from The American Heritage® Dictionary of the English Language, 4th Edition
- n. A mark indicating quality or excellence.
- n. A mark used in England to stamp gold and silver articles that meet established standards of purity.
- n. A conspicuous feature or characteristic: "The sense of guilt is the hallmark of civilized humanity” ( Theodor Reik).
- transitive v. To stamp (gold and silver articles) with a mark indicating purity.
from Wiktionary, Creative Commons Attribution/Share-Alike License
- n. A distinguishing characteristic.
- n. An official marking made by a trusted party, usually an assay office, on items made of precious metals.
- v. To provide or stamp with a hallmark
A proper indicator of this hallmark is the presence of messages that attempt to establish an association between the targeted group and the exploitation and victimization of a societal group.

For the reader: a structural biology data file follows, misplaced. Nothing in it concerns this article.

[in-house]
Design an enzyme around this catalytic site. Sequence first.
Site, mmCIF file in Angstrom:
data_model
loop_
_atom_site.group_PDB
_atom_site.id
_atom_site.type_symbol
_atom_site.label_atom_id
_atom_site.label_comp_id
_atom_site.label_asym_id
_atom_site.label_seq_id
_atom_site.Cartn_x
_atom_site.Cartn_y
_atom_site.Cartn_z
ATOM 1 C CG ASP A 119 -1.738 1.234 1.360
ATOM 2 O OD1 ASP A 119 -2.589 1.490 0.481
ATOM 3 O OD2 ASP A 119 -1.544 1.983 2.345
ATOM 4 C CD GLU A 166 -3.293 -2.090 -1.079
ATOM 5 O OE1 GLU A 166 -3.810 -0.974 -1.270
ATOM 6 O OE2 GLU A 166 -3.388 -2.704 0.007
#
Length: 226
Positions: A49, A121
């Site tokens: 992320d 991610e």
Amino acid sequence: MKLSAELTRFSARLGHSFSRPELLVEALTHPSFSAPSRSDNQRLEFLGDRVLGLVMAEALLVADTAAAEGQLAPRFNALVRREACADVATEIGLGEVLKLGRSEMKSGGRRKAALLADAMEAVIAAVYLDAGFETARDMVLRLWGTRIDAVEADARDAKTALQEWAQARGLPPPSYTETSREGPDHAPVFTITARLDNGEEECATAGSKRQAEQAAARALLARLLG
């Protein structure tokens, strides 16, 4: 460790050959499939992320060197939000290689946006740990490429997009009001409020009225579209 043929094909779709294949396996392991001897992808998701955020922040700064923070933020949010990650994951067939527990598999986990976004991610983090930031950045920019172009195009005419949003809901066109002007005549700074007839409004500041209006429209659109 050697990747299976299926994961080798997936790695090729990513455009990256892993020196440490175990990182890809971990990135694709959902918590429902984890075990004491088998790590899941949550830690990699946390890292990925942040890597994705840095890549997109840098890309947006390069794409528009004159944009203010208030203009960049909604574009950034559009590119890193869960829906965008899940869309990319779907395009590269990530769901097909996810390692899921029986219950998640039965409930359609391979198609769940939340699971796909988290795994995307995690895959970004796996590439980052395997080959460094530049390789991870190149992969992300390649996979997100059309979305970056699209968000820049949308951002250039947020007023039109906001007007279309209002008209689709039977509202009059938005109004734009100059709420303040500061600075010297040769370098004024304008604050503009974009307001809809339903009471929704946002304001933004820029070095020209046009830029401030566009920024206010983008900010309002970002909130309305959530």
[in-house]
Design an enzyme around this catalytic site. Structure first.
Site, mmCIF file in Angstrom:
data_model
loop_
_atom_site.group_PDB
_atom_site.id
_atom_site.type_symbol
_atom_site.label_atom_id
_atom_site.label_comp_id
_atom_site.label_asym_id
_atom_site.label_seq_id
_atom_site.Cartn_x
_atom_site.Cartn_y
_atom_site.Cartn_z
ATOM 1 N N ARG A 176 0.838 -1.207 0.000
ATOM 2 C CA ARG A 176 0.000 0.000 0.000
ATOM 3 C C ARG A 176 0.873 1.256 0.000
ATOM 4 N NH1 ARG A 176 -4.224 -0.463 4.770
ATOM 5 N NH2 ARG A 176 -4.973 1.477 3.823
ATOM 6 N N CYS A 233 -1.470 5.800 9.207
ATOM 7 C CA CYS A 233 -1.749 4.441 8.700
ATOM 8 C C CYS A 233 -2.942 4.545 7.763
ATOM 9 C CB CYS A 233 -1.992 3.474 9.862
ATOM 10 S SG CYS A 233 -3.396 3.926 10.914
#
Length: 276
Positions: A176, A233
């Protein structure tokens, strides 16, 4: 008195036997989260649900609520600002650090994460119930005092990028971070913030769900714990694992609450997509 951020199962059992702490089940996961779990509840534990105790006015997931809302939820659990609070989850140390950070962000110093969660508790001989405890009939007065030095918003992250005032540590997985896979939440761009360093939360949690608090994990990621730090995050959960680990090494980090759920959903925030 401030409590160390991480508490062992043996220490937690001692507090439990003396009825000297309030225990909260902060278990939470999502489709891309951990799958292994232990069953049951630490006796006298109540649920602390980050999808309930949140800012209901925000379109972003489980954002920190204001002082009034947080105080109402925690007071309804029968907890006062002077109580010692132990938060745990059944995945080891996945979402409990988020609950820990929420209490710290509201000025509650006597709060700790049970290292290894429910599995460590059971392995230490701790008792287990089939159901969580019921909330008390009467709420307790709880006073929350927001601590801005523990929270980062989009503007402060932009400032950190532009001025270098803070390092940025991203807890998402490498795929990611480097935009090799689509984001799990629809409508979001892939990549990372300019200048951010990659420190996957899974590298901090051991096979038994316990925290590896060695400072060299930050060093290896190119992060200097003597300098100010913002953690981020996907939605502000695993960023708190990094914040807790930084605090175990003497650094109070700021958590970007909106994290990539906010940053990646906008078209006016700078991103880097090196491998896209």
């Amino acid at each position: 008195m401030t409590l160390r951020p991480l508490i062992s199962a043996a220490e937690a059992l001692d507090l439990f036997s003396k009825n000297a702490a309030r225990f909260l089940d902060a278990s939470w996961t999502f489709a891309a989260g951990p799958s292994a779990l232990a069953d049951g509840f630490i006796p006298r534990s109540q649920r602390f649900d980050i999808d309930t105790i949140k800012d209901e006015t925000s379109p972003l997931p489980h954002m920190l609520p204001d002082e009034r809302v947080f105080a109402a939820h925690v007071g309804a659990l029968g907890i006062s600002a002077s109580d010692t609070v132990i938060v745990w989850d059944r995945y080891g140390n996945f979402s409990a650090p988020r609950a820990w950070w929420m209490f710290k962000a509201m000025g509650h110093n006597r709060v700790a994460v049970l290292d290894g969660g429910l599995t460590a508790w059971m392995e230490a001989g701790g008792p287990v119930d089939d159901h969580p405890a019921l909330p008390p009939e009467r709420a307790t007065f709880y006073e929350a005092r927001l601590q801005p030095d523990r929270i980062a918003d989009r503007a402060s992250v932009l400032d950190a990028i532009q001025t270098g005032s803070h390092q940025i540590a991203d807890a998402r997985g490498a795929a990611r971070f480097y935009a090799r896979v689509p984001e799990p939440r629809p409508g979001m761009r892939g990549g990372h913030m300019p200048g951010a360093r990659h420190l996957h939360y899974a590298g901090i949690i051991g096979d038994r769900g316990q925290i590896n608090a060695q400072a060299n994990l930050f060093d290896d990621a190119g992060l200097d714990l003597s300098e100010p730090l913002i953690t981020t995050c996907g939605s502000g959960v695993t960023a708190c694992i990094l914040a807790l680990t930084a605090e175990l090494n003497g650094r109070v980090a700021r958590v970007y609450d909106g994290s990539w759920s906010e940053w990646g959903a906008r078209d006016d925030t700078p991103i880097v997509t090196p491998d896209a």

In a government whose hallmark is supposed to be the separation of powers, federal prosecutors are a glaring and dangerous exception.
The wrap rollout comes on the heels of a giveaway on national Doughnut Day on Friday — a free doughnut with beverage purchase — that highlighted a Dunkin 'hallmark neither McDonald's nor Starbucks could match (Krispy Kreme, however, also gave away doughnuts for the day).
Our Center's hallmark is its coordinated, multidisciplinary approach.
Ms. Resnick's hallmark is her marketing prowess, which she used to turn a little-eaten fruit into a product known to millions.
Although the majority of cases are ones in which children are exploited, this hallmark is not limited to victimization of children.
Its hallmark is the phenomenon of spontaneous coordination.
The syndrome's hallmark is agonizing, burning pain.
In fact, Alzheimer's sort of hallmark is short-term memory loss.
Franklin's hallmark is a veneer of Southern graciousness.